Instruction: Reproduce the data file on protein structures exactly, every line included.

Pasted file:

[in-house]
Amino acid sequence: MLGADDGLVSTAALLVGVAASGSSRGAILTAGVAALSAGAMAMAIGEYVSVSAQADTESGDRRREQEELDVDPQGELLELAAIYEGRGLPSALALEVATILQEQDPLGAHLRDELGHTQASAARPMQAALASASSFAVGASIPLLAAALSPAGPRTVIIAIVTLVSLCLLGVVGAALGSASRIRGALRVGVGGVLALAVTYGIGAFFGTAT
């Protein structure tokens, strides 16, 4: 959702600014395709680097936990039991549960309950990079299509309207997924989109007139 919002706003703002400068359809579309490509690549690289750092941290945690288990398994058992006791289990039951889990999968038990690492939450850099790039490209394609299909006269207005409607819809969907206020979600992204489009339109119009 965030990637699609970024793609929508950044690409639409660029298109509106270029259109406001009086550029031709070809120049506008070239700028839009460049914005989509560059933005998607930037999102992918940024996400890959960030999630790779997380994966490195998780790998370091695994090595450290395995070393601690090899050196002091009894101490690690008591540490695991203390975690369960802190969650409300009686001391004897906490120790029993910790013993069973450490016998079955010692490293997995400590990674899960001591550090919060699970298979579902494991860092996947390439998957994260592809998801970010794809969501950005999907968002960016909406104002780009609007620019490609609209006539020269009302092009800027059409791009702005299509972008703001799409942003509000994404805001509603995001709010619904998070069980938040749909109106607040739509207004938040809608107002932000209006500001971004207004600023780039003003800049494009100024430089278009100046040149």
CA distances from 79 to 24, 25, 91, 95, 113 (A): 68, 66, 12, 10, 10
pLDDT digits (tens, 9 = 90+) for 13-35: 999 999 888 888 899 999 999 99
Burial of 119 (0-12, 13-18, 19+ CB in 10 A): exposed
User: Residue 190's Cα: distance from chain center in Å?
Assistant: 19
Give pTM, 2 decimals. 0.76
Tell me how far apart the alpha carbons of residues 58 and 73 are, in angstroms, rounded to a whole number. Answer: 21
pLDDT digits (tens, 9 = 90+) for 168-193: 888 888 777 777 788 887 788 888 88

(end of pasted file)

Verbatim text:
[in-house]
Amino acid sequence: MLGADDGLVSTAALLVGVAASGSSRGAILTAGVAALSAGAMAMAIGEYVSVSAQADTESGDRRREQEELDVDPQGELLELAAIYEGRGLPSALALEVATILQEQDPLGAHLRDELGHTQASAARPMQAALASASSFAVGASIPLLAAALSPAGPRTVIIAIVTLVSLCLLGVVGAALGSASRIRGALRVGVGGVLALAVTYGIGAFFGTAT
């Protein structure tokens, strides 16, 4: 959702600014395709680097936990039991549960309950990079299509309207997924989109007139 919002706003703002400068359809579309490509690549690289750092941290945690288990398994058992006791289990039951889990999968038990690492939450850099790039490209394609299909006269207005409607819809969907206020979600992204489009339109119009 965030990637699609970024793609929508950044690409639409660029298109509106270029259109406001009086550029031709070809120049506008070239700028839009460049914005989509560059933005998607930037999102992918940024996400890959960030999630790779997380994966490195998780790998370091695994090595450290395995070393601690090899050196002091009894101490690690008591540490695991203390975690369960802190969650409300009686001391004897906490120790029993910790013993069973450490016998079955010692490293997995400590990674899960001591550090919060699970298979579902494991860092996947390439998957994260592809998801970010794809969501950005999907968002960016909406104002780009609007620019490609609209006539020269009302092009800027059409791009702005299509972008703001799409942003509000994404805001509603995001709010619904998070069980938040749909109106607040739509207004938040809608107002932000209006500001971004207004600023780039003003800049494009100024430089278009100046040149």
CA distances from 79 to 24, 25, 91, 95, 113 (A): 68, 66, 12, 10, 10
pLDDT digits (tens, 9 = 90+) for 13-35: 999 999 888 888 899 999 999 99
Burial of 119 (0-12, 13-18, 19+ CB in 10 A): exposed
User: Residue 190's Cα: distance from chain center in Å?
Assistant: 19
Give pTM, 2 decimals. 0.76
Tell me how far apart the alpha carbons of residues 58 and 73 are, in angstroms, rounded to a whole number. Answer: 21
pLDDT digits (tens, 9 = 90+) for 168-193: 888 888 777 777 788 887 788 888 88